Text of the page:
Find even more wildlife viewing opportunities in British Columbia here.

A bear walks in a river in British Columbia
Photo Credit: Destination B.C. / Yuri Choufour


Drive the Alaska Highway through the Yukon and you may see moose, Dall sheep, wood bison, grizzly bear, and many more animals. This guide offers the area’s top three wildlife viewing tips. There are countless opportunities to explore along the way, but these wildlife hot spots near Whitehorse, Dawson City, and more are easy to factor into a road trip.

  • Just south of Whitehorse is an island in the Yukon River named Bert Law Park. Head here to see beaver, mule deer, and a variety of birds.
  • The Yukon Wildlife Preserve is also close to the city and offers a home to injured or orphaned animals in need of rehabilitation. Take the chance to visit and learn about all kinds of wildlife up close — elk, moose, Arctic fox, wood bison, and more.
  • If you’re determined to see mountain goats, head north from Whitehorse to White Mountain. The one-hour journey is easy, but spotting these animals isn’t.
  • Tombstone Territorial Park, traditional Tr’ondëk Hwëch’in territory, is outside of Dawson City and offers frequent wildlife sightings as well as First Nations cultural opportunities.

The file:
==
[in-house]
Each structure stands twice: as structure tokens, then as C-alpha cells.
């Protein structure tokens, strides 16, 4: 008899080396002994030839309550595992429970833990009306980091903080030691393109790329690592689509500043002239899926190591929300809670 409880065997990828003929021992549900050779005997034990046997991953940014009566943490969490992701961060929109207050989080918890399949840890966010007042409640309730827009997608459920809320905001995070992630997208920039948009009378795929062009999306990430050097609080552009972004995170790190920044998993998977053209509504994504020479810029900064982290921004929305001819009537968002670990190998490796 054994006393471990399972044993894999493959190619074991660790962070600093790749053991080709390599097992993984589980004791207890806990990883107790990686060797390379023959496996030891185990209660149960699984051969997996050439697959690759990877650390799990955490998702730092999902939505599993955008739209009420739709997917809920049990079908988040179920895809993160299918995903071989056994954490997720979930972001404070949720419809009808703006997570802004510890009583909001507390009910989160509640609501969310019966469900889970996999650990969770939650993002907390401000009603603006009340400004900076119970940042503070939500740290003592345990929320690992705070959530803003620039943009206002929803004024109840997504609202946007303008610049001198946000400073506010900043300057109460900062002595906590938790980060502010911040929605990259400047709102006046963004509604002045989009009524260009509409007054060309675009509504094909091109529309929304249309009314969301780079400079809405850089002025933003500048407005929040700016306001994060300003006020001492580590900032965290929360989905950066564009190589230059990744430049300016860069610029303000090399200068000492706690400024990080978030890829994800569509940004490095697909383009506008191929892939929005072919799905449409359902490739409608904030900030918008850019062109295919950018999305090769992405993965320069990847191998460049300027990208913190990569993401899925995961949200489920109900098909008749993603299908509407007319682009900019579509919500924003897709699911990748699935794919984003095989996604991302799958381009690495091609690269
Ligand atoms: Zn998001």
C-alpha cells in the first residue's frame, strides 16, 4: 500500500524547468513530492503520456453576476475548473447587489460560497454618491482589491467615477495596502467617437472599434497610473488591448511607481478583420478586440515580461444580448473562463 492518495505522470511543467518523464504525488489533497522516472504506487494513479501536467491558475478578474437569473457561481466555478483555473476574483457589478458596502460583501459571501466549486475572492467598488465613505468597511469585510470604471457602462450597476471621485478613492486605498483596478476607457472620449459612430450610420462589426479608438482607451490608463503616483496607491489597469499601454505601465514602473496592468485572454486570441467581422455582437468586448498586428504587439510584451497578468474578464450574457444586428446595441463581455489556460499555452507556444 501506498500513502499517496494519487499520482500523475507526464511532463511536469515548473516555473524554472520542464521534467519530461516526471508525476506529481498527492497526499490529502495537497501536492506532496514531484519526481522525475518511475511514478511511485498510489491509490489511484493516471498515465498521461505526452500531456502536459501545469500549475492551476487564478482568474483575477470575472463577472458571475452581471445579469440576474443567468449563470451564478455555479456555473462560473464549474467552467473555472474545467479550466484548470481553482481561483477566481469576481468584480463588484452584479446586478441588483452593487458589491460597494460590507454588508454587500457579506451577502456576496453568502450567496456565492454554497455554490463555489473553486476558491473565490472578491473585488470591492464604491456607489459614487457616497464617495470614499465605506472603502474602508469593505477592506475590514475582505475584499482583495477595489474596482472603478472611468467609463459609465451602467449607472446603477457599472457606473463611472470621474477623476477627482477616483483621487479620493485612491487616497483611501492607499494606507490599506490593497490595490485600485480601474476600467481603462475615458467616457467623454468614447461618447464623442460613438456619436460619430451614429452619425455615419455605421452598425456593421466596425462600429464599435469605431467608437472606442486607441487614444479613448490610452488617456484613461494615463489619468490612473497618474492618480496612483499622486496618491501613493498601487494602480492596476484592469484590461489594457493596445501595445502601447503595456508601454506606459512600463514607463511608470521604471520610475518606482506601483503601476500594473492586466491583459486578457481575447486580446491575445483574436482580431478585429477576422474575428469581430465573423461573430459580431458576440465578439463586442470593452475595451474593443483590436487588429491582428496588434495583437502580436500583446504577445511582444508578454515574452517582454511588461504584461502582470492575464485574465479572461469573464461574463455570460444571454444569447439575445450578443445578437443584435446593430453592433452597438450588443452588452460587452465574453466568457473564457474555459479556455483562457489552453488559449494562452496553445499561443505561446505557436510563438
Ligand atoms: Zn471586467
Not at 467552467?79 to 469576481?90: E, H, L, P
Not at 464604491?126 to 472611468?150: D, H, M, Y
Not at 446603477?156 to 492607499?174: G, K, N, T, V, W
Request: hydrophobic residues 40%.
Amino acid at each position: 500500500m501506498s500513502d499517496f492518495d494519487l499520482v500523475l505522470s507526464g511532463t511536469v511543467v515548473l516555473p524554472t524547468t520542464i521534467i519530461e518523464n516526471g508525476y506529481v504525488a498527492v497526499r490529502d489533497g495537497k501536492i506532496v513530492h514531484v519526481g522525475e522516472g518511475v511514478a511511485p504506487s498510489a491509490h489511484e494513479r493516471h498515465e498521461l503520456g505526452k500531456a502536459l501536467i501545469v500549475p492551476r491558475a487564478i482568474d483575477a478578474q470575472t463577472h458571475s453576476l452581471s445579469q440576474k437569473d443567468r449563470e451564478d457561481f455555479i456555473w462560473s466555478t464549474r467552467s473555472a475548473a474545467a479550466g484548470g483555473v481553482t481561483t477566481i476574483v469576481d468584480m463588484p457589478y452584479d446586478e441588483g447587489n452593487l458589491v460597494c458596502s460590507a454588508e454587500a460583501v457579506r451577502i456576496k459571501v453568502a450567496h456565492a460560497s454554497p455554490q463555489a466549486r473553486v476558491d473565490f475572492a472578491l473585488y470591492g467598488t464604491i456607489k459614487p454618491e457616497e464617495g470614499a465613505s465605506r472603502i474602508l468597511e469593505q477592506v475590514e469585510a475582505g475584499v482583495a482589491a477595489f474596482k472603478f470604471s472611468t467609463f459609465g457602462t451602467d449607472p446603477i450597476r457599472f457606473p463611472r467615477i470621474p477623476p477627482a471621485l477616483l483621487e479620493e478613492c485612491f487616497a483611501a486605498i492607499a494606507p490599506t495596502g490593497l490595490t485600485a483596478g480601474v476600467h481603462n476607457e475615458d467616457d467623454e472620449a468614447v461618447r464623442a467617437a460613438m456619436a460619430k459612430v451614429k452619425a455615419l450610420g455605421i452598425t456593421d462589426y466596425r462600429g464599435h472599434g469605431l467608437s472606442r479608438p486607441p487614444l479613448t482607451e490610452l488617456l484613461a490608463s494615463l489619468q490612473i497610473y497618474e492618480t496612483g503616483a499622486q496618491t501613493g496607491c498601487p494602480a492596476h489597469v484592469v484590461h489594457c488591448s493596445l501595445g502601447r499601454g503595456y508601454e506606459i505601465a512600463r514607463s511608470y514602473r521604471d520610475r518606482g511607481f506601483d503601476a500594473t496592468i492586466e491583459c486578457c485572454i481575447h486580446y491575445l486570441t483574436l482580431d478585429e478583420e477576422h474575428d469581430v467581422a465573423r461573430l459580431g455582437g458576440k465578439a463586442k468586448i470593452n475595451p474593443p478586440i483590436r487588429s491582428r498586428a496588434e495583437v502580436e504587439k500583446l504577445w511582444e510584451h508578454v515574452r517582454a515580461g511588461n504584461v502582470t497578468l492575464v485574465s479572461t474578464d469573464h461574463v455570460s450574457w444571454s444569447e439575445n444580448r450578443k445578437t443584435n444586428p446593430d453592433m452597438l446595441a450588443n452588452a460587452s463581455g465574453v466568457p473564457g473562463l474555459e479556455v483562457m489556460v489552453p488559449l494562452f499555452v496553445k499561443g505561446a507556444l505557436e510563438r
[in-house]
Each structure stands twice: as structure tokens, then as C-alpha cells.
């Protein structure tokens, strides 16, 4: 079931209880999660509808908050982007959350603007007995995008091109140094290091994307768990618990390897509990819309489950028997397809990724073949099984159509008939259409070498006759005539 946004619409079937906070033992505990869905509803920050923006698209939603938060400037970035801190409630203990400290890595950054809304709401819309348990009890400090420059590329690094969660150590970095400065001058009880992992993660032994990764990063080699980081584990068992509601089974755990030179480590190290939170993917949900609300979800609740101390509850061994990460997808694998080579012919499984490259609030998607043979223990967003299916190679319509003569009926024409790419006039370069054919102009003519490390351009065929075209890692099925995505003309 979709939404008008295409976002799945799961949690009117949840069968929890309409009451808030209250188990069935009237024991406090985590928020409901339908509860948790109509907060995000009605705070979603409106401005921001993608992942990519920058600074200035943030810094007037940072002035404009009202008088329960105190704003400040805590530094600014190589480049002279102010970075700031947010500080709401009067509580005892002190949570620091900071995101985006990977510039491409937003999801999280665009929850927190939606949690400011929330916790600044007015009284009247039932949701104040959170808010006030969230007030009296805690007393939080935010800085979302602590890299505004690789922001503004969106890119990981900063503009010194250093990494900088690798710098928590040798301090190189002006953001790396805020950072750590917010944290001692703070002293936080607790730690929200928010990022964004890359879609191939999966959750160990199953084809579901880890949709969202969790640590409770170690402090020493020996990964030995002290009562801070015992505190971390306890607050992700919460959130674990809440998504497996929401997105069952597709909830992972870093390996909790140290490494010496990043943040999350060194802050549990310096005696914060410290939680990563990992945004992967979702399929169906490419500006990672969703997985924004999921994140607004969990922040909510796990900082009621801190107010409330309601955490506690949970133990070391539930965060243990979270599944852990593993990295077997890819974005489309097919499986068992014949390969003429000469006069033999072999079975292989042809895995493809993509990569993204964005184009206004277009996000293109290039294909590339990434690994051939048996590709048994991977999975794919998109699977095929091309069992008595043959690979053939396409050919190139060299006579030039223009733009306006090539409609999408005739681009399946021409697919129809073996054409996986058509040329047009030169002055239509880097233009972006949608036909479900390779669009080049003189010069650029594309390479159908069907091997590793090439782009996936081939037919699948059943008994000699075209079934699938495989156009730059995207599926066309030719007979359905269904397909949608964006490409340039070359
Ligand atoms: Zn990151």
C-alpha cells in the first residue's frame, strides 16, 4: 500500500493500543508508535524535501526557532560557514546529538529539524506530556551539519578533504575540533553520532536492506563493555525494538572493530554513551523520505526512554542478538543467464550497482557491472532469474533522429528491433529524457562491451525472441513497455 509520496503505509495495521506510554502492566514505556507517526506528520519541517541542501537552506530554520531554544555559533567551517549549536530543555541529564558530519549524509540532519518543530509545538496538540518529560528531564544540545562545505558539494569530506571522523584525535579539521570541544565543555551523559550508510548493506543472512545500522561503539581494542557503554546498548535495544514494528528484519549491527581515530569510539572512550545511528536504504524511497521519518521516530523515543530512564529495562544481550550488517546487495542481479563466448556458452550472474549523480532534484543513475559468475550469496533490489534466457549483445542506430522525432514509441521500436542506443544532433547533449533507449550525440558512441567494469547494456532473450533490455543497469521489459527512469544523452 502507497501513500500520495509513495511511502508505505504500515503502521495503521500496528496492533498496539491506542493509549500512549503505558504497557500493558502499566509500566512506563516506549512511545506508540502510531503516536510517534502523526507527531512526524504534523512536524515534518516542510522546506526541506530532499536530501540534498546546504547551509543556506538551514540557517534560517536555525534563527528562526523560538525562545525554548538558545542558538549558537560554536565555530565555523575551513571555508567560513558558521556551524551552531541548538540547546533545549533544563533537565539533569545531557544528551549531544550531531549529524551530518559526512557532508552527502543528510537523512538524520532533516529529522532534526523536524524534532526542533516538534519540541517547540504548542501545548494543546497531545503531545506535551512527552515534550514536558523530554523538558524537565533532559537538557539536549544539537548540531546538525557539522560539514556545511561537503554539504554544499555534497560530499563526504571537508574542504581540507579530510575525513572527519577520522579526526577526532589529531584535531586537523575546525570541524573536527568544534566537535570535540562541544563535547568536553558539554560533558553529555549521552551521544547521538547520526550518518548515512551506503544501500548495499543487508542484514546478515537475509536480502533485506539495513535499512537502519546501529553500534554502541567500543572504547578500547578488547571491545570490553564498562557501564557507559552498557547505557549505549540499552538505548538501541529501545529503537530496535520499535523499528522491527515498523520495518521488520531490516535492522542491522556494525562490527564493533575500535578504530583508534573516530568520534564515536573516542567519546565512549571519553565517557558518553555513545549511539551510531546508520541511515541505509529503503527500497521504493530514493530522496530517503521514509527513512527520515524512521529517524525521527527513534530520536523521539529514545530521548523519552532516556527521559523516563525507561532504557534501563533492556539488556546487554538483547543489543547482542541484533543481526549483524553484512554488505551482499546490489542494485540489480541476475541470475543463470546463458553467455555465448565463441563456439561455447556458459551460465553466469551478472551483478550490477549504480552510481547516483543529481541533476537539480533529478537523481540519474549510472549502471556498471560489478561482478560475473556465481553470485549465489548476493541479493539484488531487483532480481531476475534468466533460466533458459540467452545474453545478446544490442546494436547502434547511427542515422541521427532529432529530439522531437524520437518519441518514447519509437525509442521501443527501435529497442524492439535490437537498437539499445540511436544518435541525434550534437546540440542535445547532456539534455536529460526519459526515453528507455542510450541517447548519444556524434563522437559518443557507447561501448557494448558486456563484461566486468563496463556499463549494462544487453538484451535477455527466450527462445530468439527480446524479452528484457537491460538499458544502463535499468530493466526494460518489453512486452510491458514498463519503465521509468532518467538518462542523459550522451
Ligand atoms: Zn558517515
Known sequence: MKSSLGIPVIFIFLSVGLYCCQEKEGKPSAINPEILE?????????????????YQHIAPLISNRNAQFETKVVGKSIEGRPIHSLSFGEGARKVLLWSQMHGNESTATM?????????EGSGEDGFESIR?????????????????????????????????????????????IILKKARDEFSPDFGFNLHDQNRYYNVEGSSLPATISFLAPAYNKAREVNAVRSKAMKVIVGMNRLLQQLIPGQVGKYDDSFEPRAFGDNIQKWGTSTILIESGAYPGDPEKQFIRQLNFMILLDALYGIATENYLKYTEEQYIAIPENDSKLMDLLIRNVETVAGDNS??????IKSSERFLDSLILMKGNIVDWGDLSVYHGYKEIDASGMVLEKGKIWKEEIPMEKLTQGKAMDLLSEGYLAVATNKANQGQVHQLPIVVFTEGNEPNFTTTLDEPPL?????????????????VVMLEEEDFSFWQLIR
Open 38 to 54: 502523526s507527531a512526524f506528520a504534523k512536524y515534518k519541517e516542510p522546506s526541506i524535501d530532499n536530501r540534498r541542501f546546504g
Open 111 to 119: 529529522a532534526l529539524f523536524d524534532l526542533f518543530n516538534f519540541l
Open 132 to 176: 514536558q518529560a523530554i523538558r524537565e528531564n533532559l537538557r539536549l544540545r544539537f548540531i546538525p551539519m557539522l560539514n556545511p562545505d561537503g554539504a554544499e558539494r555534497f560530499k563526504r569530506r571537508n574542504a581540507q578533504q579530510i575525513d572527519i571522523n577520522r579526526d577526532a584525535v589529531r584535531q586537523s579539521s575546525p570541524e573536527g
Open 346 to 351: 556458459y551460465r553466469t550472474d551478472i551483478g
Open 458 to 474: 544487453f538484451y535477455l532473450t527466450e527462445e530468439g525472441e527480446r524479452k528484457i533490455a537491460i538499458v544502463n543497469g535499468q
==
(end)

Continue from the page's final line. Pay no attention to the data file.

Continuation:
• To say animals thrive in Kluane National Park and Preserve, part of the world’s largest internationally protected area, is an understatement. Whether you stick to the highway or take a flightseeing tour over the region, you may spot caribou, wolves, wolverines, red fox, and other types of mammals. Plus, more than 150 species of birds have been recorded in Kluane!

This guide offers the area’s top three wildlife viewing tips. 

A moose in Yukon, Canada
Photo Credit: Government of Yukon / Hans G Pfaff


Hundreds of species can be found in Alberta’s five national parks, hundreds of provincial parks and recreation areas, wildlands, and migratory bird sanctuaries. Some popular mammals to keep an eye out for are moose, grizzly and black bears, elk, bison, bighorn sheep, mountain goats, lynx, coyotes, wolves, and wolverines.
“Encounters with wildlife are the kind of experiences that etch themselves permanently in your memories,” says ecologist Alyssa Friesen, writing about the various wildlife viewing opportunities in Banff National Park, along the Rockies Route